I am a part of all that I have touched and that has touched me. ~Thomas Wolfe
My most precious memory of my grandma, Charlotta Estella Seyb Mohr, is spending countless hours by her side at an impressive round oak pedestal table with animal claw feet. I adored her and enjoyed spending time at her home in rural Missouri. That was real easy to do since she lived about a mile where I grew up.
Family life centered on the heartbeat of the house. What she taught me remains part of my being. I close my eyes, and the table turns into a flower shop on Decoration Day (a day dating back to 1868). We tour her beautiful gardens and pick fragrant spring flowers such as peonies, poppies, irises, snowballs and bleeding hearts. Grandma prays nature will hold the rain for the weekend to preserve these fragile flowers. We make a list of loved ones whose graves we will visit and adorn. Then we arrange the flowers in vases and buckets.
Always Honor Your Loved Ones
“Always honor your loved ones,” she says. I learn that red poppies symbolize remembrance of those who have fallen in war. Grandma’s faith sustained her after losing her mother at age two and her younger brother in World War I at age twenty-two. I choose pink peonies to memorialize my great-grandmother Charlotta. Red poppies blaze on my great-uncle Rupert’s grave.
The Why Behind Red Poppies
When I was older, I learned more about the significance of the red poppy. In 1918, Moina Michael bought a bouquet of poppies and handed them out to businessmen at the New York YMCA because of the poignant effect the poem In Flanders Fields had on her. She asked them to wear the poppy as a tribute to the fallen Americans in World War I. She led a campaign that designated the poppy as the official flower of The American Legion in 1923.
During World War I, American soldiers were buried in the pastures and on the battlefields of Europe, where bright red poppies grew wild among the fresh graves. While caring for the wounded near one of the battlefields, a Canadian doctor, Lt. Col. John McCrae, jotted down these opening lines: “In Flanders fields the poppies blow/ Between the crosses, row on row. . .”
The American Legion Auxiliary is recognized as the world’s largest women’s patriotic service organization. Thousands of crepe paper poppies made by disabled and hospitalized veterans are given out for donations to benefit disabled veterans.
Photo by Bob Fehringer, USTRANSCOM/PA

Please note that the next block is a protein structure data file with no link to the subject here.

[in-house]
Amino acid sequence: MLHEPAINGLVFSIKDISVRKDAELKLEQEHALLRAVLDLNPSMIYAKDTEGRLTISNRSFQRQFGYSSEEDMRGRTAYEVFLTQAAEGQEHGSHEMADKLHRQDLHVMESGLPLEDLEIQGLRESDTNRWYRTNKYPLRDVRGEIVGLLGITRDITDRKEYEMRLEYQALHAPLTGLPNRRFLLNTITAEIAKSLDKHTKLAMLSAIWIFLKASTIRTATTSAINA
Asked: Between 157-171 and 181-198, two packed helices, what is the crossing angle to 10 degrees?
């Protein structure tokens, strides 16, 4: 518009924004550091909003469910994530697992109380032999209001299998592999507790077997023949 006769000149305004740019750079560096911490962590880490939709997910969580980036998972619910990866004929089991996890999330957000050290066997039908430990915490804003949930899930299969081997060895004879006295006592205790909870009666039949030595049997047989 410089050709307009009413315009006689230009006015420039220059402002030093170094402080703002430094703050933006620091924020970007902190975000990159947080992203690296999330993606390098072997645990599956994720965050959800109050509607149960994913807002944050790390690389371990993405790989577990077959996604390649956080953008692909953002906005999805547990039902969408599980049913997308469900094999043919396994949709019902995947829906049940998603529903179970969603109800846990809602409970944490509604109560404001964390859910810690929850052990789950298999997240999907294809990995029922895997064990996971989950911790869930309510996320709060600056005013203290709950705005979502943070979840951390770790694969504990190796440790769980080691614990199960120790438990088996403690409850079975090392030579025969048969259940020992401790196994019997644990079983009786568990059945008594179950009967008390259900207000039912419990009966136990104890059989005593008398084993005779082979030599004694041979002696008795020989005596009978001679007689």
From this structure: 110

Video Reading of In Flanders Fields
In 2015, Legion Magazine and Leonard Cohen released a powerful video reading of In Flanders Fields on YouTube to commemorate the 100th anniversary of the poem by Lieutenant-Colonel John McCrae. Cohen’s voice is accompanied by stirring imagery from the First World War and helps me to understand what my two heroic great-uncles experienced.
In Memory of My Great-Uncle Rupert Seyb
PVT. RUPERT C. SEYB
My great-uncle, Rupert Carl Seyb, enlisted in Sanborn, South Dakota, on June 5, 1917. He served as a private in Company F, 350th Infantry. 88th Division with American Expeditionary Forces. He was sent to Camp Funston, Kansas and Fort Dodge, Iowa for a short time. He sailed from Long Island, New York to France in July, 1918. He died due to valvular heart disease and influenza in Naix, France, on February 23, 1919, at twenty-six years, two months, sixteen days. He is buried at Saint Paul Cemetery near Kahoka, Missouri.
Honoring his place of death, Naix, France
Rupert Seyb Memorial Card
In sunny France
there came a chance
To test his soul in blood:
He didn’t stop–but o’er the top
He went–and he made good.
And that is why we dare not cry
As his brave soul passes on;
His name’s enrolled on Fame’s
Our glorious valiant son.
Rupert C. Seyb Grave Stone
In Memory of My Great-Uncle Carl Roasa
PVT, CARL A. ROASA
My great-uncle, Carl A. Roasa, was inducted into the Army/Marine unit on July 5, 1917, in Kansas City, Missouri. He served overseas from May 20, 1918, until January 17, 1919, where he died in France of pneumonia at twenty-two years, ten months, eight days. His parents, Albert and Laura Roasa, bought land, planted trees and started Granger Cemetery for the burial of Carl Albert. He was the youngest of six children including five boys and one girl. I read in Carl’s war records that his mother was notified of his death. Although I never met my great-grandmother, I can picture her receiving this devastating news of her beloved son, and my heart breaks.
Carl A. Roasa’s Grave Stone
Carl’s memorial card included this beautiful James Whitcomb Riley poem:
I cannot say and I will not say
That he is dead—He is just away!
With a cheery smile and a wave of the hand,
He has wandered into an unknown land,
And left us dreaming how very fair
It needs must be, since he lingers there.
Mild and gentle, as he was brave
When the sweetest love of his life he gave.
Think of him as the same I say:
He is not dead—He is just away.
A Soldiers’ Memorial was established near the Scotland County Courthouse in Memphis, Missouri, in 1923, led by the Betsy Ross Club. Other organizations joined forces including Home Guards, Order of the Eastern Star, and Mothers of Soldiers. The names of the soldiers who made the ultimate sacrifice from the area were chiseled on the memorial pillars. The honor roll of twenty-five soldiers included Carl A. Roasa. The engraving reads “In memoriam to the boys from Scotland County 1914 ~ World War ~ 1918, they gave their all for liberty and democracy.”
On this Memorial Day weekend, I pause to reflect on what my two great-uncles’ service and their ultimate sacrifice mean to my life, and I am deeply grateful.
In my mind’s eye today, grandma is watching me arrange pink peonies.
“Your bouquet is breathtaking,”
“Thank you grandma!”